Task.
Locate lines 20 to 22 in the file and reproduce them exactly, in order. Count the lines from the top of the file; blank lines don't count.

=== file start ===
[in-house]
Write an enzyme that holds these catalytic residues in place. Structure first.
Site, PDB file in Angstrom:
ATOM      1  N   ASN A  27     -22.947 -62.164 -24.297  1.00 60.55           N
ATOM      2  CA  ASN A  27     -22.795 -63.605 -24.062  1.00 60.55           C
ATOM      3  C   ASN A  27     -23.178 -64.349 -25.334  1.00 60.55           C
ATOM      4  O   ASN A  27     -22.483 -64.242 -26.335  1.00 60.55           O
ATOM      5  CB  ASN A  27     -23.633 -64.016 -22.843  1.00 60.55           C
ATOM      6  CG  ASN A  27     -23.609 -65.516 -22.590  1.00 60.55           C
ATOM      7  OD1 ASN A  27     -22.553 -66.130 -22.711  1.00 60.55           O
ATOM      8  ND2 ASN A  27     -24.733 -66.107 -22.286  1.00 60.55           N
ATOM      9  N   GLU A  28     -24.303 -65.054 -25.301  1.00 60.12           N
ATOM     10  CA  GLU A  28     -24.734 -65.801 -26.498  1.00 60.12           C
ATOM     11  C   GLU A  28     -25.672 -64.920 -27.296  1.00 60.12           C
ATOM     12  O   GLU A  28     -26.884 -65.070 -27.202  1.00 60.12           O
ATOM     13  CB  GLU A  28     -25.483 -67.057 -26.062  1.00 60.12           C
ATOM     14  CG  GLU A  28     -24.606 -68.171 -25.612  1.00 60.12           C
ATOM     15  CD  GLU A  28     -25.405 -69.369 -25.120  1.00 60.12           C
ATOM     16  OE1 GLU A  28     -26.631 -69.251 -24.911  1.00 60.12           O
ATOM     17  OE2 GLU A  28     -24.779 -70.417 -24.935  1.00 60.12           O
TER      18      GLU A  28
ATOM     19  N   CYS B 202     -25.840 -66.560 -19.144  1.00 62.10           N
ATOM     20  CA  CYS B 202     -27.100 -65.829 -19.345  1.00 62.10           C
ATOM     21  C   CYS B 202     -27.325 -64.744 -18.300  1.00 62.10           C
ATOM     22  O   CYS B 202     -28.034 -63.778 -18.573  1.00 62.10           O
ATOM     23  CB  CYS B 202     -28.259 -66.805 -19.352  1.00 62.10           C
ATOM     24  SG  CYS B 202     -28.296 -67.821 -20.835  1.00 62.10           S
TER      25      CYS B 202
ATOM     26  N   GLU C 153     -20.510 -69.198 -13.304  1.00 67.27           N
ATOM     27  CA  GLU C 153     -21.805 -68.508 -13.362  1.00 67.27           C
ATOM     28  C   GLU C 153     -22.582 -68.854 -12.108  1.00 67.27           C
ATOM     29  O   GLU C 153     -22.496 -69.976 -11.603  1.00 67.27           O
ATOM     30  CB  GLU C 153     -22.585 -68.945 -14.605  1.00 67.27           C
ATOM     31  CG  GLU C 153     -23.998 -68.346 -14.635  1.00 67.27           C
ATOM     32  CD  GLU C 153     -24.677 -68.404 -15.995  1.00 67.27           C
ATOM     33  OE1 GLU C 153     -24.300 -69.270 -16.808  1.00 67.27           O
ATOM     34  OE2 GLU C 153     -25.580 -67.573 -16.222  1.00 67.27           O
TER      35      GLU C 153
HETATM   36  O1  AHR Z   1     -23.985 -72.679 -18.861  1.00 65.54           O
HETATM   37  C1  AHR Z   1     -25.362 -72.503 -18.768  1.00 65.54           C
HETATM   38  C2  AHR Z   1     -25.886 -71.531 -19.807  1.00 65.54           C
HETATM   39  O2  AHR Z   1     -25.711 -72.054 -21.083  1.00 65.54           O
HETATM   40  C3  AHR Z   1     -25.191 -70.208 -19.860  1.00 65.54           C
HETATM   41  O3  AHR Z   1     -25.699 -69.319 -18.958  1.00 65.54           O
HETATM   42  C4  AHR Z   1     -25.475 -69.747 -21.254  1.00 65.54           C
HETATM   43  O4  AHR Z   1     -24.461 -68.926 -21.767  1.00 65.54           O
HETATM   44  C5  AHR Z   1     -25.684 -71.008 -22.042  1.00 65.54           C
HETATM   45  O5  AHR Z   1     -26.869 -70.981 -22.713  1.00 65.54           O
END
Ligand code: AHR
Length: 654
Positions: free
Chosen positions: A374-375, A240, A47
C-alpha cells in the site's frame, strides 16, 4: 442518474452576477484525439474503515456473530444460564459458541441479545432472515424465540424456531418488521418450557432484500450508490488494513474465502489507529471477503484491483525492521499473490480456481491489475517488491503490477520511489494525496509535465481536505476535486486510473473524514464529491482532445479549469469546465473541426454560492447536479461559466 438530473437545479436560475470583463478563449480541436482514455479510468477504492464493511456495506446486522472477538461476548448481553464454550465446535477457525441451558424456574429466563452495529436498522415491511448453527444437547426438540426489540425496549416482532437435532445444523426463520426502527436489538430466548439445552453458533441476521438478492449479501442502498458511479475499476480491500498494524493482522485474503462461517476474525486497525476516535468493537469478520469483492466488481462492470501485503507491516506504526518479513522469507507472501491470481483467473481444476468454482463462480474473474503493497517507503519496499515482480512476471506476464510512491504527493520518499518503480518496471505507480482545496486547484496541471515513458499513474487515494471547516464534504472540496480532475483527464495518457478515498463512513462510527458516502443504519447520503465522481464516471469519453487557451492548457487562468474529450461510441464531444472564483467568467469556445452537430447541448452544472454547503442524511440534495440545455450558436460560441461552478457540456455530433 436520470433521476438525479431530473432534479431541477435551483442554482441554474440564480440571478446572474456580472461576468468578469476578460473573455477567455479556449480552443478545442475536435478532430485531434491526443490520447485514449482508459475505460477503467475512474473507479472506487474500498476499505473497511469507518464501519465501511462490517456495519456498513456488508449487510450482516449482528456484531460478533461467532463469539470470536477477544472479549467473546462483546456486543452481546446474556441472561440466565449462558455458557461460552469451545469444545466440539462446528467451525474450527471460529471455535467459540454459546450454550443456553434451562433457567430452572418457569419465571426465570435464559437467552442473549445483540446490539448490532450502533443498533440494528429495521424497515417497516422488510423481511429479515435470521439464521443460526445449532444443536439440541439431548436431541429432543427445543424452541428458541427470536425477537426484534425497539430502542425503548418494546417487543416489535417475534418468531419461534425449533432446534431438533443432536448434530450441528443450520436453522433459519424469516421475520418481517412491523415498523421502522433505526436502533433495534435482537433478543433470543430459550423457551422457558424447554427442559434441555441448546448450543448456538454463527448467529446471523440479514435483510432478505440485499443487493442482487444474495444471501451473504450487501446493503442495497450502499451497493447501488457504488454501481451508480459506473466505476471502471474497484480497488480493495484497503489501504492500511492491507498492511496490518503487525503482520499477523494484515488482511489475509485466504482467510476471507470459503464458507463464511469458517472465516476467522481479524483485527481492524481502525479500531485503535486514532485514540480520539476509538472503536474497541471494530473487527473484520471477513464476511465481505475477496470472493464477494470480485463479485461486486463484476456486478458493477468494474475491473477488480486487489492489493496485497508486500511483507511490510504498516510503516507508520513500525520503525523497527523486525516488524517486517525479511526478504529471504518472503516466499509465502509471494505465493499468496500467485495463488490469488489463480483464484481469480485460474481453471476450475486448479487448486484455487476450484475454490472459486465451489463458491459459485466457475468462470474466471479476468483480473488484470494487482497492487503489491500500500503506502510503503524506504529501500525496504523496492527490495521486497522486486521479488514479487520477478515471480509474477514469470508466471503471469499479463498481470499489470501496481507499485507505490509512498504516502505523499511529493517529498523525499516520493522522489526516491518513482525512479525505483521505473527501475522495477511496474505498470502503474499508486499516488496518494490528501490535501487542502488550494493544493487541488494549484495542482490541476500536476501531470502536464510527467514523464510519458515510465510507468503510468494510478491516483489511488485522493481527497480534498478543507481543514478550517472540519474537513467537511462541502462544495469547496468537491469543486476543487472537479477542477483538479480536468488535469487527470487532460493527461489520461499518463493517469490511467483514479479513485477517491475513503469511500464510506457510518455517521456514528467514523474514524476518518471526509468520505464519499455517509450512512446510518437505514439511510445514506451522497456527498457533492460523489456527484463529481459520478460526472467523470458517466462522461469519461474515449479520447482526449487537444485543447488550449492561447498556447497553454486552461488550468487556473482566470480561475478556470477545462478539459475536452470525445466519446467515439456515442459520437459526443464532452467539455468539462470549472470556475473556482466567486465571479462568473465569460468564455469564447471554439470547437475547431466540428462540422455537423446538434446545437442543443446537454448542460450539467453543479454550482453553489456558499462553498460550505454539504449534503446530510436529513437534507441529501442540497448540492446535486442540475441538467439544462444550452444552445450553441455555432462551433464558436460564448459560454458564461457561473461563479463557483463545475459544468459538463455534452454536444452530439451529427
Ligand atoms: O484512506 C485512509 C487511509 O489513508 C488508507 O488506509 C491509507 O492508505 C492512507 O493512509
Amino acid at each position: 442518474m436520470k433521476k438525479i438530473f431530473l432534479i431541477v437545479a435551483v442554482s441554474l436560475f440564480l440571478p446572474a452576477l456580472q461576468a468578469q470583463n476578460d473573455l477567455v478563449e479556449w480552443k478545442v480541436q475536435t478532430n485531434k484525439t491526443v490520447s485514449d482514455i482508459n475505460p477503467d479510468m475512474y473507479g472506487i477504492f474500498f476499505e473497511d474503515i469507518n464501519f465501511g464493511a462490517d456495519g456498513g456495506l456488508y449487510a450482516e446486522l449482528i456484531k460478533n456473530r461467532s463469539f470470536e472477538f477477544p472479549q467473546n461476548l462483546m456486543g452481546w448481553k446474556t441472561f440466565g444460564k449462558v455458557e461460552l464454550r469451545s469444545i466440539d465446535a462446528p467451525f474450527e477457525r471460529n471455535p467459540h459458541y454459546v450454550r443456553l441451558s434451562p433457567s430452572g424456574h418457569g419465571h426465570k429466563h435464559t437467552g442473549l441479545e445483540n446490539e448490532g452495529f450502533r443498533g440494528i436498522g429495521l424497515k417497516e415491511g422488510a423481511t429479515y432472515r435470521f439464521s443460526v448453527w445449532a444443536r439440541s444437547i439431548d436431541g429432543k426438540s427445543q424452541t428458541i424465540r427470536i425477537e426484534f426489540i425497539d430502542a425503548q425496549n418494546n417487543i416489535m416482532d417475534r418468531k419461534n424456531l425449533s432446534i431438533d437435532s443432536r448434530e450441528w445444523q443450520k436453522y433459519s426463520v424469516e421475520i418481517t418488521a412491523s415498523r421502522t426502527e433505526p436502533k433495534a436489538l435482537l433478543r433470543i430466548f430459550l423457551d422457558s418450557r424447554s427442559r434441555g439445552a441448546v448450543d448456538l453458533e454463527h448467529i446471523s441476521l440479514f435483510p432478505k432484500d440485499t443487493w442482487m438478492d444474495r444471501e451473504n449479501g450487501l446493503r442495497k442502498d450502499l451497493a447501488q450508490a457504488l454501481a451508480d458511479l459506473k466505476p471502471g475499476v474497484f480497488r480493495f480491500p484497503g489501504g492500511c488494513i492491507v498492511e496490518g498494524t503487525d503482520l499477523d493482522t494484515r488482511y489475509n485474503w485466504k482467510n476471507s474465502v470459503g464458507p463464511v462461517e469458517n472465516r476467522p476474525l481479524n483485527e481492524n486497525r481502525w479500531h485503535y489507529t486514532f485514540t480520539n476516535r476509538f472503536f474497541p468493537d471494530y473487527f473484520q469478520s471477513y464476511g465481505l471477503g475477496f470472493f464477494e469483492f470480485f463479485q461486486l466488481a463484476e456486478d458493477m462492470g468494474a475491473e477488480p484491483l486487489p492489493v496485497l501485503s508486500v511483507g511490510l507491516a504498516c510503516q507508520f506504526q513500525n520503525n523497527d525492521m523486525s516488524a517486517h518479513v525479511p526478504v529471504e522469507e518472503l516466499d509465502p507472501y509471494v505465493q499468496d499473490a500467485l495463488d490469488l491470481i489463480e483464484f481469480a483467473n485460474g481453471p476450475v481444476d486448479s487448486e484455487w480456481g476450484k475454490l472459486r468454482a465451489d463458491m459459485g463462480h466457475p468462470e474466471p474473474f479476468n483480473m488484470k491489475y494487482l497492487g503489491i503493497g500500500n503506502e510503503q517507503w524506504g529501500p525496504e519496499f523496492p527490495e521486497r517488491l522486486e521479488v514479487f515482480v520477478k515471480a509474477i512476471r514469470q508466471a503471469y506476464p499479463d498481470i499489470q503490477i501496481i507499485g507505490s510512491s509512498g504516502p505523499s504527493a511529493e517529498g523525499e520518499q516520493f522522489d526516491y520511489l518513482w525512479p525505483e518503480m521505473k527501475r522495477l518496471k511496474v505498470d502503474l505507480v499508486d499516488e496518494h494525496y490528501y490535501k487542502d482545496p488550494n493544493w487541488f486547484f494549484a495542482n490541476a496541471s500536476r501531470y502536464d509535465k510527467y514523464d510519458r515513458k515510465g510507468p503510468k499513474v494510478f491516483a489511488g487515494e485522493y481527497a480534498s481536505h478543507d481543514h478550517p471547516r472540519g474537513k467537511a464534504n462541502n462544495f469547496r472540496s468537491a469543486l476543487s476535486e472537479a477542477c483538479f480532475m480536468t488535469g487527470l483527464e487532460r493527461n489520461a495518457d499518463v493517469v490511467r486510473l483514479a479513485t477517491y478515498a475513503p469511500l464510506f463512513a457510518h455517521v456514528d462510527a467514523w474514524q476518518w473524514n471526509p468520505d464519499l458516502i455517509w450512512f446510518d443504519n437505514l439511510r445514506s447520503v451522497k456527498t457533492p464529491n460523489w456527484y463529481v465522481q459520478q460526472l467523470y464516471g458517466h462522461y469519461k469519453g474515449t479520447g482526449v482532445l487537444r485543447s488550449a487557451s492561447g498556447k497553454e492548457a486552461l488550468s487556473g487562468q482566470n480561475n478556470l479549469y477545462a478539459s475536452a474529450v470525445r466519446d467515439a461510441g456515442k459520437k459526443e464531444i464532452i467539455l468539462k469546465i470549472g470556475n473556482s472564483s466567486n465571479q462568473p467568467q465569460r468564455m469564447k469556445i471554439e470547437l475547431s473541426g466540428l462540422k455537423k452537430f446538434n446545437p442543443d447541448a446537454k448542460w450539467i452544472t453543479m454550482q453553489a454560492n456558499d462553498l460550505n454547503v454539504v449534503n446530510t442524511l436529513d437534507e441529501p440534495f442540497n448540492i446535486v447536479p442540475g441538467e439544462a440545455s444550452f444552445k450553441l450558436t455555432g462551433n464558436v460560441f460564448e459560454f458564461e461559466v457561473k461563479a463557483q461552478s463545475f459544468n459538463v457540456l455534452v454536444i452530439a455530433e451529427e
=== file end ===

ATOM     17  OE2 GLU A  28     -24.779 -70.417 -24.935  1.00 60.12           O
TER      18      GLU A  28
ATOM     19  N   CYS B 202     -25.840 -66.560 -19.144  1.00 62.10           N